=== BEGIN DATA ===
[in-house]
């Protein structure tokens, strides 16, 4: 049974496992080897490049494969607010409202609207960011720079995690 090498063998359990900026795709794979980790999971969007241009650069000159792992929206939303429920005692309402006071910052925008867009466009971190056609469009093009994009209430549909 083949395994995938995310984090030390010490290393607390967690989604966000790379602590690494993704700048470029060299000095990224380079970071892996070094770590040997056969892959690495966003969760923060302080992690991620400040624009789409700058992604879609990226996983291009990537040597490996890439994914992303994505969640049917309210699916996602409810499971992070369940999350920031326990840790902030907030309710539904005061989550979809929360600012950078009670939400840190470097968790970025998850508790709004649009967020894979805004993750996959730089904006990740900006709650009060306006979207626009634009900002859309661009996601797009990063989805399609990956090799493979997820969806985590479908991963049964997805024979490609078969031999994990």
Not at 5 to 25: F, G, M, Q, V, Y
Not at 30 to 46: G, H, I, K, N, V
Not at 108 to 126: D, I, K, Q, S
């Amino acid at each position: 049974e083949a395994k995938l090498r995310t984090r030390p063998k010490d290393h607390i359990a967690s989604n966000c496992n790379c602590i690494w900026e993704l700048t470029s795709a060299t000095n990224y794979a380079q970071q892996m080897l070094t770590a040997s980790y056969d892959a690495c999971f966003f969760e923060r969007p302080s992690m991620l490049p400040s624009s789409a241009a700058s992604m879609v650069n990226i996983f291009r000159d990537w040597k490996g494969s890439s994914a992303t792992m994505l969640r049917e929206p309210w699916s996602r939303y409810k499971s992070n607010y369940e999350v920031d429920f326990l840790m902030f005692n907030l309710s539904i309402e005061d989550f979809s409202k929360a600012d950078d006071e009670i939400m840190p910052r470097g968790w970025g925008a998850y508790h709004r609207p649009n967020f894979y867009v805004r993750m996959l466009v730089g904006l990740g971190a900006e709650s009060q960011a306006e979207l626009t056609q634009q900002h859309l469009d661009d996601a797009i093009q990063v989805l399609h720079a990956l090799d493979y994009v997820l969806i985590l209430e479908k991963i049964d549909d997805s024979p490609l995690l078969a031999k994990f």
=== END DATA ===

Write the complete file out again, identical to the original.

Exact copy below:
[in-house]
């Protein structure tokens, strides 16, 4: 049974496992080897490049494969607010409202609207960011720079995690 090498063998359990900026795709794979980790999971969007241009650069000159792992929206939303429920005692309402006071910052925008867009466009971190056609469009093009994009209430549909 083949395994995938995310984090030390010490290393607390967690989604966000790379602590690494993704700048470029060299000095990224380079970071892996070094770590040997056969892959690495966003969760923060302080992690991620400040624009789409700058992604879609990226996983291009990537040597490996890439994914992303994505969640049917309210699916996602409810499971992070369940999350920031326990840790902030907030309710539904005061989550979809929360600012950078009670939400840190470097968790970025998850508790709004649009967020894979805004993750996959730089904006990740900006709650009060306006979207626009634009900002859309661009996601797009990063989805399609990956090799493979997820969806985590479908991963049964997805024979490609078969031999994990």
Not at 5 to 25: F, G, M, Q, V, Y
Not at 30 to 46: G, H, I, K, N, V
Not at 108 to 126: D, I, K, Q, S
């Amino acid at each position: 049974e083949a395994k995938l090498r995310t984090r030390p063998k010490d290393h607390i359990a967690s989604n966000c496992n790379c602590i690494w900026e993704l700048t470029s795709a060299t000095n990224y794979a380079q970071q892996m080897l070094t770590a040997s980790y056969d892959a690495c999971f966003f969760e923060r969007p302080s992690m991620l490049p400040s624009s789409a241009a700058s992604m879609v650069n990226i996983f291009r000159d990537w040597k490996g494969s890439s994914a992303t792992m994505l969640r049917e929206p309210w699916s996602r939303y409810k499971s992070n607010y369940e999350v920031d429920f326990l840790m902030f005692n907030l309710s539904i309402e005061d989550f979809s409202k929360a600012d950078d006071e009670i939400m840190p910052r470097g968790w970025g925008a998850y508790h709004r609207p649009n967020f894979y867009v805004r993750m996959l466009v730089g904006l990740g971190a900006e709650s009060q960011a306006e979207l626009t056609q634009q900002h859309l469009d661009d996601a797009i093009q990063v989805l399609h720079a990956l090799d493979y994009v997820l969806i985590l209430e479908k991963i049964d549909d997805s024979p490609l995690l078969a031999k994990f």